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Chip Identification

Discussion in 'Electronic Basics' started by Chris W, Feb 18, 2005.

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  1. Chris W

    Chris W Guest

    I'm going through all these chips I got with a brad board on ebay,
    trying to find out what they all are. Instead of just listing the part
    numbers of the ones I can find, let me as some general questions about
    the numbering conventions and then maybe I can find them myself. I have
    been looking the numbers up on Most of them are of the
    format SN74LS... Can someone tell me what the SN and the LS indicate?
    Then some don't have the LS.... so far I have found all of the ones that
    start like that But there are some that start MH74, M74, or DV74, and I
    can't find those numbers. Then there are some that are simply 7475, are
    those the same thing as a SN7475? Some have a suffix of P or PC and I
    can't find any of the SN74LS.... numbers that have a P or PC suffix on I will list 2 part numbers that I can't find and are very
    strange. MHB2114, UYC7483, and uPB74LS11C. On that last one the u is
    the Greek letter used as the micro prefix.

    Chris W
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  2. Andrew Holme

    Andrew Holme Guest

    Those are 74 series TTL logic (except for 2114 which is a 1024 x 4bit static
    LS indicates Low power Schottky.
    The prefixes indicate manufacturer.
    The suffixes indicate package.

    Try searching for the chip numbers on Google. You'll find datasheets. Try
    searching with .pdf on the end of the chip number.
  3. Rich Grise

    Rich Grise Guest

    Supposedly, "SN" stands for "Silicon Network". M is usually Motorola, or
    used to be.

    The MHB2114 is a memory chip, I think, and the UYC7483 is probably some
    kind of buffer, or it could be just a 7483, and the uPB74LS11C looks like
    it's probalby just a 74LS11.

    Good Luck!
  4. The *74* chips are TTL or TTL-ish logic.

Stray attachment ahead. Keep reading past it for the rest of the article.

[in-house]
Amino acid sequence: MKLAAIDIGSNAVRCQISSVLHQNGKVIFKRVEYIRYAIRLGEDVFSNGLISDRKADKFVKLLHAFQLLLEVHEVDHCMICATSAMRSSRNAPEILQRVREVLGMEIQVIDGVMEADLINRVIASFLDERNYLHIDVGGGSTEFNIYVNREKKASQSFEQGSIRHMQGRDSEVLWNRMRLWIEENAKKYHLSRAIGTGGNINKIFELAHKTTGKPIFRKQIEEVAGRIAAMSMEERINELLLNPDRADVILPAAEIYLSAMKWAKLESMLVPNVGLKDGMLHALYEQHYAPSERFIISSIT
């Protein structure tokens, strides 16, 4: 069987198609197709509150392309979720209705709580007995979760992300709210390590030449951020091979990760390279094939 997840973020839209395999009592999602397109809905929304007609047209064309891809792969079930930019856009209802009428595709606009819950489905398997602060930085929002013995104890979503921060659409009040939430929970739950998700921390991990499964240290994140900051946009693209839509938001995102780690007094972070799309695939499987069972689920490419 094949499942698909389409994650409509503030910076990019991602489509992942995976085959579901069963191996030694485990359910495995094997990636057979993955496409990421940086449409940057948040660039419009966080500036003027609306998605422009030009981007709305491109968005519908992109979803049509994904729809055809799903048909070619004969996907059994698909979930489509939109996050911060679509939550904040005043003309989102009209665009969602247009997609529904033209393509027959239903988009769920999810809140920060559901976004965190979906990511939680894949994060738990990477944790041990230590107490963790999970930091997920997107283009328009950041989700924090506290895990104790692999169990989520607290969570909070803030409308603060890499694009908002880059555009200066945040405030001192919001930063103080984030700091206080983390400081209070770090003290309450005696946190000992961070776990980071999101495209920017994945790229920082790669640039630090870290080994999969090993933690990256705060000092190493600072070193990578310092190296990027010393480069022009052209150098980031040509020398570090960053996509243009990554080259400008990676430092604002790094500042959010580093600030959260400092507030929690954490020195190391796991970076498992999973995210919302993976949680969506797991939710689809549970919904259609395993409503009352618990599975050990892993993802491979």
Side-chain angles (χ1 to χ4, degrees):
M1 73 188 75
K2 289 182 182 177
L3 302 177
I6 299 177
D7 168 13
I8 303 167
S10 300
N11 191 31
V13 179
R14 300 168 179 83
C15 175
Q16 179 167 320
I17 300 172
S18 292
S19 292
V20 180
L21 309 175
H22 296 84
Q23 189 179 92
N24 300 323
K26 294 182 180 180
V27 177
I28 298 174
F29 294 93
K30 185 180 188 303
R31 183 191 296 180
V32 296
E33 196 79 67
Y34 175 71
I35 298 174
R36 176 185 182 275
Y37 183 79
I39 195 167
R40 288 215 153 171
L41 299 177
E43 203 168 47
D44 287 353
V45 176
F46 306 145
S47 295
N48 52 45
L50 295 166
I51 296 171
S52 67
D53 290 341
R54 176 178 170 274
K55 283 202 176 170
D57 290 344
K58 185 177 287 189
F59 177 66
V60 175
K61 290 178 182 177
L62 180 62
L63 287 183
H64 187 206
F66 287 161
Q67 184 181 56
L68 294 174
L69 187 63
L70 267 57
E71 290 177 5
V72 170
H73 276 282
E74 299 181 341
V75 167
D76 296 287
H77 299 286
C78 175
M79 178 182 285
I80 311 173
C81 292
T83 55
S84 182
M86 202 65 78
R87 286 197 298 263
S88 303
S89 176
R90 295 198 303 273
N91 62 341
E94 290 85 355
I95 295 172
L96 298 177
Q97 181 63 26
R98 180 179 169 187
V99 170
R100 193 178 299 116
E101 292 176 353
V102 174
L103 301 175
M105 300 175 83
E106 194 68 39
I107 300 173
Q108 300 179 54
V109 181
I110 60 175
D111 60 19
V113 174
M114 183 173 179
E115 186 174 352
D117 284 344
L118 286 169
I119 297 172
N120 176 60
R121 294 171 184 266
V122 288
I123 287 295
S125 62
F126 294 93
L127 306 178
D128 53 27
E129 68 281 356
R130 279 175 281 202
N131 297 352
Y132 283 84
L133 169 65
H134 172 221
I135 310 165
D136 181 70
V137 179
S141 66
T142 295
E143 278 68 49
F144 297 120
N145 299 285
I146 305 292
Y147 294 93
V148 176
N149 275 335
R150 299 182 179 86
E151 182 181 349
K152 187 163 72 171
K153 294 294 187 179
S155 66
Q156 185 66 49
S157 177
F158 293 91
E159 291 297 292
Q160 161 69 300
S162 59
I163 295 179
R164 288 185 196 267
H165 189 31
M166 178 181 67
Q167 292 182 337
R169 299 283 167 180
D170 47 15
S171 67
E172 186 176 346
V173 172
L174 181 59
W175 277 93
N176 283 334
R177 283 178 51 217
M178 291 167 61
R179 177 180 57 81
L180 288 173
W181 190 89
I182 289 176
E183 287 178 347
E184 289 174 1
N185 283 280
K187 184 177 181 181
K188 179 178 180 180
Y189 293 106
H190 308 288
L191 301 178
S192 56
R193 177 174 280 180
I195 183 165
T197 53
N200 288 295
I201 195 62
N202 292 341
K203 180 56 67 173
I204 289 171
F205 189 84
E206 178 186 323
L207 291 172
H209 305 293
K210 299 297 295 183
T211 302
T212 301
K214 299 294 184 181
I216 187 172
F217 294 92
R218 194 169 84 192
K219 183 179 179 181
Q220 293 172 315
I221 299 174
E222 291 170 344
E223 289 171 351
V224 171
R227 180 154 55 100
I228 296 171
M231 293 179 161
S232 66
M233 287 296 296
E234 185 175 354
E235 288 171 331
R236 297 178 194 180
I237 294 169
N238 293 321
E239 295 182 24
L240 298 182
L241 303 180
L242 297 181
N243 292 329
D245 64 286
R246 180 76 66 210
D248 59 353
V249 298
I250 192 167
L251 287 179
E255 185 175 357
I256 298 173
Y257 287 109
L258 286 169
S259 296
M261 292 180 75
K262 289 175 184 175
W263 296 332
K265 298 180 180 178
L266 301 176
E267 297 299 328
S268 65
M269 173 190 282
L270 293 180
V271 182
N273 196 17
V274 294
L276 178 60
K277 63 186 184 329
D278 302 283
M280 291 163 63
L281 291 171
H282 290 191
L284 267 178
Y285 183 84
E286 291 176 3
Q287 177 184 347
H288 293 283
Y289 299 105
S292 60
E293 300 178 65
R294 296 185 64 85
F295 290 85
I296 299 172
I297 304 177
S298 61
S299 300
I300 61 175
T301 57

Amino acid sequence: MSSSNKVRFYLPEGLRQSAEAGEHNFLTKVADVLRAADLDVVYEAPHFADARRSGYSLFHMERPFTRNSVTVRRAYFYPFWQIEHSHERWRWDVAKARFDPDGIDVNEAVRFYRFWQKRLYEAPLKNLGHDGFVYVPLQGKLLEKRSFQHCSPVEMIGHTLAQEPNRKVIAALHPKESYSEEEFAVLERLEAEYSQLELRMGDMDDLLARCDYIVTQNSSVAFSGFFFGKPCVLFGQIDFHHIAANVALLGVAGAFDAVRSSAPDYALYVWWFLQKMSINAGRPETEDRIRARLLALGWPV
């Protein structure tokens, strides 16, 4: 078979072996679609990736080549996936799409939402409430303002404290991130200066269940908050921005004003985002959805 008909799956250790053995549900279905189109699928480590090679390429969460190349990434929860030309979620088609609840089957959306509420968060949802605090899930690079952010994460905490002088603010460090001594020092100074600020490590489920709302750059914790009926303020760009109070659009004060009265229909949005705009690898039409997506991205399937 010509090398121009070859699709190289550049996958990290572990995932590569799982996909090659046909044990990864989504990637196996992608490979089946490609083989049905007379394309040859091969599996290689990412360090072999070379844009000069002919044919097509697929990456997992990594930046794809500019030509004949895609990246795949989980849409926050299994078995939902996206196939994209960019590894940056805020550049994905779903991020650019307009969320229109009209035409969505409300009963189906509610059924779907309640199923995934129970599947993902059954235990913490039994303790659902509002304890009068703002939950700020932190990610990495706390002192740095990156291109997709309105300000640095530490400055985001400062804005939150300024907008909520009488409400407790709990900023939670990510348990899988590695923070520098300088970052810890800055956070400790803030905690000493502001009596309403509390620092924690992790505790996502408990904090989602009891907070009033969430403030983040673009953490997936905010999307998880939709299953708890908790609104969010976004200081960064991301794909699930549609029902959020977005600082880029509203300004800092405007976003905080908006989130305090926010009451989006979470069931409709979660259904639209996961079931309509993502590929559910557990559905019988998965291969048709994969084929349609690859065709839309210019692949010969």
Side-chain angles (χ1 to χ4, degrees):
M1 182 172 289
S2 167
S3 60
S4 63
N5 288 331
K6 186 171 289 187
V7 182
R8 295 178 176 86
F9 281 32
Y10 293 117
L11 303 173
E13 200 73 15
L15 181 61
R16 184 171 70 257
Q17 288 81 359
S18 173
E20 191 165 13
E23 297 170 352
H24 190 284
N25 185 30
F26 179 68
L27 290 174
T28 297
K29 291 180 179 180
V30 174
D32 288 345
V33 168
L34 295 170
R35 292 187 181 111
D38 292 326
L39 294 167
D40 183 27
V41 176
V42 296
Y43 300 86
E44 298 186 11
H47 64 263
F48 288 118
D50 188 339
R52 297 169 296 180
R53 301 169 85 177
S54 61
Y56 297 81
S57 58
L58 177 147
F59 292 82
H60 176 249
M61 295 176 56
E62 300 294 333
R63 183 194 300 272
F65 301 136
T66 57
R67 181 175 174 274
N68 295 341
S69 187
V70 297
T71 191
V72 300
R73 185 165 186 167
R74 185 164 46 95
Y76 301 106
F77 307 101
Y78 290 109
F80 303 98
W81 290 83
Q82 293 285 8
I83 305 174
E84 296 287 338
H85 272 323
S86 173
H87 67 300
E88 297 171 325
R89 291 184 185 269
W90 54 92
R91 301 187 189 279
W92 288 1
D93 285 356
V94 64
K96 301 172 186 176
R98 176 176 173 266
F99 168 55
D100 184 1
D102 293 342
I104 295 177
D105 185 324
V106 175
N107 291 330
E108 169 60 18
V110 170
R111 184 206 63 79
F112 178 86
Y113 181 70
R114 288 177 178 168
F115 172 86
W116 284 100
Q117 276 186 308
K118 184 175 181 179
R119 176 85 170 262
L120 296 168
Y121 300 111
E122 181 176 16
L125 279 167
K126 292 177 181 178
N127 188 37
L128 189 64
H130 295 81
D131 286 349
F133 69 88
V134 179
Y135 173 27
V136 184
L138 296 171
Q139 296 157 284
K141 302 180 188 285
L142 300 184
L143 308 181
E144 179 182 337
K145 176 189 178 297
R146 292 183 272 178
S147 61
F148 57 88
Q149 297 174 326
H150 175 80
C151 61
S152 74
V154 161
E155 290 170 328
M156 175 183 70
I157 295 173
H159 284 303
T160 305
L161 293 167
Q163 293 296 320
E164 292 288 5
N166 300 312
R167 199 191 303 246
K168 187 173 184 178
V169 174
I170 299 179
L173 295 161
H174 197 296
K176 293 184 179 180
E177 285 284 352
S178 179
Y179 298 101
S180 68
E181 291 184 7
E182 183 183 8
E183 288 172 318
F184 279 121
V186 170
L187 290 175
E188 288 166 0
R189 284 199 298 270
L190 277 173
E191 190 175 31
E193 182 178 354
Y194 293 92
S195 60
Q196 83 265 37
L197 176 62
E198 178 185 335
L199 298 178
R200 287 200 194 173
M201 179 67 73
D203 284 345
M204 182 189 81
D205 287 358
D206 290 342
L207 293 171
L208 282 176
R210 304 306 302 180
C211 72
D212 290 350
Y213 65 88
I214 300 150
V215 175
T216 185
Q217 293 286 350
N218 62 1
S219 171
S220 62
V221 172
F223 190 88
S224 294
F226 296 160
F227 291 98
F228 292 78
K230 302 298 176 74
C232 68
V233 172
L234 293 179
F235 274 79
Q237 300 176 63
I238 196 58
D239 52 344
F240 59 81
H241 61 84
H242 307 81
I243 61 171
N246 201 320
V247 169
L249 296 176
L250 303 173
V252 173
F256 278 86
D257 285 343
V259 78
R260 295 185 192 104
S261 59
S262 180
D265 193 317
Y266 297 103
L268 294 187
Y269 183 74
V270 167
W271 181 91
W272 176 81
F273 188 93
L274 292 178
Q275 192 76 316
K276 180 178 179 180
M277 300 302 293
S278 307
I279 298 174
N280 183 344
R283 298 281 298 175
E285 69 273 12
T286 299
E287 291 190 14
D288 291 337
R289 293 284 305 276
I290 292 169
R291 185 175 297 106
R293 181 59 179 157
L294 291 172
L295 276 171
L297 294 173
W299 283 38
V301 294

The letter prefix indicates the manufacturer - SN is Texas
    Instruments. The letter suffix indicates the package - the package
    codes vary between makes.

    Any letters in the middle (like "LS") indicate some variations in the
    internal circuits.

    In general, if all the numbers are the same, the parts have the same
    logic function.

    No middle letters = original fairly power-hungry version. Some parts
    in this series are still available, I think.

    L = low power, slow (and obsolete)

    LS = Low Power Schottky. Low power, but similar speed to the

    ALS = Advanced LS

    C = C in the middle letters indicates CMOS - very low power. (and just
    "C" is fairly slow)

    HC, AC = faster CMOS parts

    HCT, ACT = CMOS parts with the inputs modified to work reliably with
    bipolar TTL.

    To find data on these parts, check Texas Instruments, Fairchild or On
    Semi's websites, or do a google for <part number> +datasheet.
  5. Lord Garth

    Lord Garth Guest

    I recall SN as the Texas Instruments prefix Rich...

    Motorolla had their 'Batwing' M

    Then there's the suffix:
    N for plastic (really epoxy)
    J for cerdip (both halves were ceramic surrounding the lead frame)
    P for ceramic (hermetically sealed types)

    One could really wear off the finger tip skin by handling too many
    J parts!
  6. Rich Grise

    Rich Grise Guest

    Well, yeah, and TI decided on the letters "SN" because they stand for
    "Silicon Network." I read that in some TI blurb, so I thought it was like
    a given.

  7. Lord Garth

    Lord Garth Guest

    Do you recall TI's multivoltage (probably PMOS) UV EPROM, the TMS 2716?
    TMS stood for Too Many Supplies rather than Texas (Instruments) Memory
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